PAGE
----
By Sarah Colby
At this time of year, many of us are thinking about our health and our habits. Maybe you have made a New Year's resolution or two. Are you planning to start eating healthier and being more active?
If so, you will be among many millions of other people trying to make these same changes.
How do we make these kinds of changes? What makes it easier and what makes it harder? Many people have a hard time losing weight and keeping it off.
Researchers at the Grand Forks Human Nutrition Research Center are trying to help answer these questions.
Why do we try to lose weight? Is it about how we look? People are beautiful in all shapes and sizes; however, body weight can effect health. Obesity increases the risk to heart disease, hypertension, osteoporosis, Type 2 diabetes and certain cancers. It has reached epidemic proportions. Nearly one-third of all adults in the United States are obese, costing the economy an estimated $100 billion every year.
Why this is happening is complex, but most experts agree that it does come down to the fact that people are eating more calories than they are using up.
But we know this, right? We hear these slogans "Eat Less, Move More." It may be that simple, but it is not that easy.
So, how do we make it happen? Many people turn to fad diets. Many fad diets may not be healthy, and most people who do lose weight on a fad diet soon gain it back.
Instead, we need to make small changes that we can live with long term. Small changes can add up to big differences. Most of us know what we need to do: eat more fruits and vegetables, drink less sugary drinks, cut back on portion sizes, eat less fried food, less saturated fat, more whole grain foods, and find enjoyable physical activities and do them often. These basic ideas are presented in the USDA's MyPyramid (www.mypyramid.gov).
Knowledge alone is not enough. We need support all around us that help us stick with our healthy choices. This support that helps us needs to be part of our daily lives, our environment and our community.
Several efforts currently are under way to promote healthier lifestyles in the Grand Forks area. A coalition of community leaders concerned about a healthy Greater Grand Forks has emerged, and UND, the North Dakota State University Cooperative Extension Service, the Grand Forks Public Health Department and the Grand Forks School District are all involved in promoting health and wellness in our community.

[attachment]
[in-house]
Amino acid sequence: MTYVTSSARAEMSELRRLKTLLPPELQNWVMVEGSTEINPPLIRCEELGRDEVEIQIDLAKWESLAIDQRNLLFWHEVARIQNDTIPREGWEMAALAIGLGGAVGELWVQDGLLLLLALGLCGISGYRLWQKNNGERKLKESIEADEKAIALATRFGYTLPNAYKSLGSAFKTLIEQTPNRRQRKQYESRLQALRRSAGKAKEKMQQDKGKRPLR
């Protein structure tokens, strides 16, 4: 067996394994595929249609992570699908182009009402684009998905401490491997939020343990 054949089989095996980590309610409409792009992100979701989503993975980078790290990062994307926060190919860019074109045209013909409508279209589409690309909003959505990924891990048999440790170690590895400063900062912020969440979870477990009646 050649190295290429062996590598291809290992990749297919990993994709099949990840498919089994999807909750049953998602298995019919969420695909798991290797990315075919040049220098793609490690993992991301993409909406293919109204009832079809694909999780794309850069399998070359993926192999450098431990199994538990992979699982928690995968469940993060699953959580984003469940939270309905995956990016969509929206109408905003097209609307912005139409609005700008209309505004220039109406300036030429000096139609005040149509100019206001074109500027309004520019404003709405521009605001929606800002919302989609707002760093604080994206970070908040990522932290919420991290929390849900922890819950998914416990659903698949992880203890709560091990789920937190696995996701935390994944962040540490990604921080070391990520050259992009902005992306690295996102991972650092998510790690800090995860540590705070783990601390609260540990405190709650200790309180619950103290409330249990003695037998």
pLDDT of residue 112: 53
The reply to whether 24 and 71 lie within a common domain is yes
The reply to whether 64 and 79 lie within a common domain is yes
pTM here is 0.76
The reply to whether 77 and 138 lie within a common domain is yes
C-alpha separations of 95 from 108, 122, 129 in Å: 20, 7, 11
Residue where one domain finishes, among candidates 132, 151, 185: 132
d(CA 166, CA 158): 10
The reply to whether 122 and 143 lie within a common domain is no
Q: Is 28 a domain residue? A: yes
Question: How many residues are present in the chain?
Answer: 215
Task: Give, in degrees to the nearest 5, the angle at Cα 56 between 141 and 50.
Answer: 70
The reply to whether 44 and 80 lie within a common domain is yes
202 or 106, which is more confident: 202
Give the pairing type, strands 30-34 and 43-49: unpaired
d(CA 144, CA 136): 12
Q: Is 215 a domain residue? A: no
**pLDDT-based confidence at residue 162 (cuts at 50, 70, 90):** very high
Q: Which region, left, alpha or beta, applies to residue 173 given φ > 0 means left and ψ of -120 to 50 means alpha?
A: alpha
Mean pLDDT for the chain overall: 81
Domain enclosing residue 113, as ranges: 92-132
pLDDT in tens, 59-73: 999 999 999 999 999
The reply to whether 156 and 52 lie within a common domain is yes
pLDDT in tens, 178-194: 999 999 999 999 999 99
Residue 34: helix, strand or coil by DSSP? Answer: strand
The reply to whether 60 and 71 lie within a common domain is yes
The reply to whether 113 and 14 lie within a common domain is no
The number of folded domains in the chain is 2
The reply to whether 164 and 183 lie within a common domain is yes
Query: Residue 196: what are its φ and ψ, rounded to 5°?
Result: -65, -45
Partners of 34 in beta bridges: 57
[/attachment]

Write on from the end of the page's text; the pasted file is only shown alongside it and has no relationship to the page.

Toward that goal, the Grand Forks Human Nutrition Research Center recently conducted a focus group to talk about local health concerns. The group identified several concerns: lack of physical activity, overweight/obesity, diabetes, alcohol abuse, limited access to dental care and high blood pressure.
The participants also said community health promotions needed clear, simple and nonconflicting messages. They called for more research on why certain diet patterns yield health benefits; why people gain, lose and regain weight; and how to make healthy behavior changes. Most of the group's concerns were for the health of children.
The number of overweight and obese children has been increasing since the mid-1970s. Some 16 percent of American children and adolescents are overweight, and obesity is being seen in preschoolers. Being obese early in life is associated obesity in later life and with increased risk for heart disease, hypertension, and diabetes in adulthood.
We at the Grand Forks Human Nutrition Research Center are committed to developing effective, community-based, obesity prevention research programs in collaboration with the other institutions, agencies and individuals that are also committed to enhancing the health of our community. In developing such programs, we need to understand community needs.